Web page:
As we head into this Memorial Day weekend, I don’t know about y’all, but I’m getting kinda thirsty! Weather-wise, it’s going to be a mixed bag here in New York, but traditionally this time of year signals the shift from spring to summer. Technically, we still have four weeks of spring to go, but in keeping with the prevailing attitude around here, New York doesn’t give a shit! Pretty much like clockwork, after this holiday weekend, the warm nights start setting in, the streets give birth to the distinct bouquet of garbage, Chinese food and urine , and the slow, familiar trickle of sweat begins its descent from the top of the neck to the lower back. It’s pretty special, you guys. Oh! And those rich, spicy cocktails you were having all winter long? Well, they are starting to change flavors…and bubbles may possibly be involved! BUBBLES!
Bubbly drinks and BBQ may not sound like the most intuitive pairing, but they are pretty much a dream team. The beauty of most classic Champagne cocktails is that they usually have very few ingredients, so they’re fairly easy to make, which is pretty much a requirement for a low maintenance holiday like Memorial Day.
While I could wax poetic on the Aperol Spritz and sing the praises of the gorgeous simplicity of the Kir Royale, the bubbly cocktail that is really having a moment in my life right now is the French 75.
Now, I’m not going to name names, but it came to my attention the other night that two very cosmopolitan girlfriends of mine had never tried a French 75 cocktail. Long story short, they did that night and LURVED them and totally got Bit By a Fox. A few days later, I went to a lovely backyard barbecue and brought some ingredients over to make my version of French 75s, and pretty much introduced everyone there to their new favorite warm weather drink. Boom! Totally Bit!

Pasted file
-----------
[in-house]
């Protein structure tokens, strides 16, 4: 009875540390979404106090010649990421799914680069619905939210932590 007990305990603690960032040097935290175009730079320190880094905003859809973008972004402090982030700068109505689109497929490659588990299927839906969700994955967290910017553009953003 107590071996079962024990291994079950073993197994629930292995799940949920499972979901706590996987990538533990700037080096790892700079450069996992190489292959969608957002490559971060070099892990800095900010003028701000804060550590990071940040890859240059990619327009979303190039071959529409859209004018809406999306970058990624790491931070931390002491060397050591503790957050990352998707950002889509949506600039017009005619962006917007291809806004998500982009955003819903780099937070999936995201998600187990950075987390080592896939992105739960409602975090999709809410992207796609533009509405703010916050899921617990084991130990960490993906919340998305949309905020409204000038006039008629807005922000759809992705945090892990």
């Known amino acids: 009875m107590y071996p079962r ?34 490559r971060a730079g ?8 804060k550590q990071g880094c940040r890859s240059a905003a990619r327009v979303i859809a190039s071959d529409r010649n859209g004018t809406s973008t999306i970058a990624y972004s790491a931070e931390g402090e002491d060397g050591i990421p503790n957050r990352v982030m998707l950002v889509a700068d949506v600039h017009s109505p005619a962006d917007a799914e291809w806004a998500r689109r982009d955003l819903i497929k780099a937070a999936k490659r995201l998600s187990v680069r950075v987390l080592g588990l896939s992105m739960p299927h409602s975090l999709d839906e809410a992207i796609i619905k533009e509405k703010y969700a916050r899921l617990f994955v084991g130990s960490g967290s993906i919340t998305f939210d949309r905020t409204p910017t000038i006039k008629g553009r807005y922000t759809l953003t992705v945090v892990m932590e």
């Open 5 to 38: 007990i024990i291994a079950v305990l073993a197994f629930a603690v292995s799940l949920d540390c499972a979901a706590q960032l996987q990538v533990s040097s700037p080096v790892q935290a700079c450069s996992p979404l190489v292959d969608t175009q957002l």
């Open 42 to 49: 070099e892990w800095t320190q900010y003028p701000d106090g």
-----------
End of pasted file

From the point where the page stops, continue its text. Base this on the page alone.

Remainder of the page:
Now, while this drink is crazy refreshing and super magical and everyone needs to know about it, French 75s should probably come with a warning label. BECAUSE THEY TASTE SO GOOD. And too many can be SO BAD…the next day. The combination of wine and spirits is always a dangerous one but the addition of sugar just adds that little extra special headache-y kick. But don’t let that scare you! Just imbibe responsibly. And don’t be a dum dum, drink plenty of water!
When it comes to classic cocktails, there is always debate surrounding the origin and exact ingredients. This drink supposedly dates back to 1915 in Paris at The New York Bar, but the recipe wasn’t put into print until 1930, when The Savoy Cocktail Book was released. Popular with the American ex-pats in Paris who came of age during World War I, the French 75 then was finally made famous in America at The Stork Club in New York.
The French 75 is traditionally made with: Gin, Champagne, Lemon Juice and Sugar. Sometimes it’s made with Cognac or even Vodka instead of Gin. Sometimes the sugar is powered or superfine or in a syrup form. And sometimes it’s served in a Collins glass with ice or up in a champagne flute, tulip or coupe glass! There are so many variations, it can be crazy making. So just do some experimenting with those ingredients and make the proportions to suit your tastes. YOU are ultimately the authority on what you like. That being said, this is my blog and the recipe below is a variation on what I made at that backyard barbecue a couple of weekends ago. Because it was dope.
Traditionally, the gin, lemon juice and sugar are shaken with ice and then strained into a glass first (sometimes with ice, sometimes not) and then the bubbles top off the drink. I like to make it easy and build the ingredients in the glass itself, preferably a large coupe-style, without ice, assuming all the ingredients are very cold. No shaker, no problem! (Seriously get a shaker, though. We’ll be needing that for future drinks)
BBAF French 75: Yield: 1 drink
3-4 ounces Brut (Dry) Champagne (or dry sparkling wine like Cava or Prosecco)
A few shakes of Rhubarb Bitters (optional)
(To make a simple syrup, combine 1 cup sugar with 1 cup water in a saucepan over low heat until dissolved. Cool to room temperature before using. Stash extra for later!)
Build the first three ingredients in the glass, then top it all off with the bubbly so it mixes. Add a few shakes of Rhubarb Bitters for that last spring hurrah. Voila! Bring on the summer!